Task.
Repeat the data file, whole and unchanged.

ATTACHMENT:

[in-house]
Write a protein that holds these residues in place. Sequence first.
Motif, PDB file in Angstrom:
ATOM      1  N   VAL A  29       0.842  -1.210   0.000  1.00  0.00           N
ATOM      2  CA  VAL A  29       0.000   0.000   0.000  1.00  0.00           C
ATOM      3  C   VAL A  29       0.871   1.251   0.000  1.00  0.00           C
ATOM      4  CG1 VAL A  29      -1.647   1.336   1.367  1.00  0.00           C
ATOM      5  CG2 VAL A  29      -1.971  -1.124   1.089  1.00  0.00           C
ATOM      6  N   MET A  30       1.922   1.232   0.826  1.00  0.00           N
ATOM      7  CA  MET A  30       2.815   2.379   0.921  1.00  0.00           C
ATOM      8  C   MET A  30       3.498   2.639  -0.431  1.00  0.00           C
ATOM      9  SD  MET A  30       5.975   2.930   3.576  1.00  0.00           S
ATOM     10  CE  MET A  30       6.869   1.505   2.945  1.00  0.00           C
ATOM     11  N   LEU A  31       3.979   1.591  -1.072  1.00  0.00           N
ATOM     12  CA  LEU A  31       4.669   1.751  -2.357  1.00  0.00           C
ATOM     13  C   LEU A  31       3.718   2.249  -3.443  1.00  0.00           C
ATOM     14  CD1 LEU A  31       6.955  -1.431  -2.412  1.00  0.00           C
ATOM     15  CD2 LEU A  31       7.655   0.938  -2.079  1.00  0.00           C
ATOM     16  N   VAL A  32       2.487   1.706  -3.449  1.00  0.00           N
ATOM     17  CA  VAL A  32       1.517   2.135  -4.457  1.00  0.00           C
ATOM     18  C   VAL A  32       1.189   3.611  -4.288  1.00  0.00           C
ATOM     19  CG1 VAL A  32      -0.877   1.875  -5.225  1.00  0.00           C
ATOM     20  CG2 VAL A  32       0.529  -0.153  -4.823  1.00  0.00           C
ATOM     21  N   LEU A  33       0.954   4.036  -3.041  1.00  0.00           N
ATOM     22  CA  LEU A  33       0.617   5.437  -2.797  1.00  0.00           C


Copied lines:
[in-house]
Write a protein that holds these residues in place. Sequence first.
Motif, PDB file in Angstrom:
ATOM      1  N   VAL A  29       0.842  -1.210   0.000  1.00  0.00           N
ATOM      2  CA  VAL A  29       0.000   0.000   0.000  1.00  0.00           C
ATOM      3  C   VAL A  29       0.871   1.251   0.000  1.00  0.00           C
ATOM      4  CG1 VAL A  29      -1.647   1.336   1.367  1.00  0.00           C
ATOM      5  CG2 VAL A  29      -1.971  -1.124   1.089  1.00  0.00           C
ATOM      6  N   MET A  30       1.922   1.232   0.826  1.00  0.00           N
ATOM      7  CA  MET A  30       2.815   2.379   0.921  1.00  0.00           C
ATOM      8  C   MET A  30       3.498   2.639  -0.431  1.00  0.00           C
ATOM      9  SD  MET A  30       5.975   2.930   3.576  1.00  0.00           S
ATOM     10  CE  MET A  30       6.869   1.505   2.945  1.00  0.00           C
ATOM     11  N   LEU A  31       3.979   1.591  -1.072  1.00  0.00           N
ATOM     12  CA  LEU A  31       4.669   1.751  -2.357  1.00  0.00           C
ATOM     13  C   LEU A  31       3.718   2.249  -3.443  1.00  0.00           C
ATOM     14  CD1 LEU A  31       6.955  -1.431  -2.412  1.00  0.00           C
ATOM     15  CD2 LEU A  31       7.655   0.938  -2.079  1.00  0.00           C
ATOM     16  N   VAL A  32       2.487   1.706  -3.449  1.00  0.00           N
ATOM     17  CA  VAL A  32       1.517   2.135  -4.457  1.00  0.00           C
ATOM     18  C   VAL A  32       1.189   3.611  -4.288  1.00  0.00           C
ATOM     19  CG1 VAL A  32      -0.877   1.875  -5.225  1.00  0.00           C
ATOM     20  CG2 VAL A  32       0.529  -0.153  -4.823  1.00  0.00           C
ATOM     21  N   LEU A  33       0.954   4.036  -3.041  1.00  0.00           N
ATOM     22  CA  LEU A  33       0.617   5.437  -2.797  1.00  0.00           C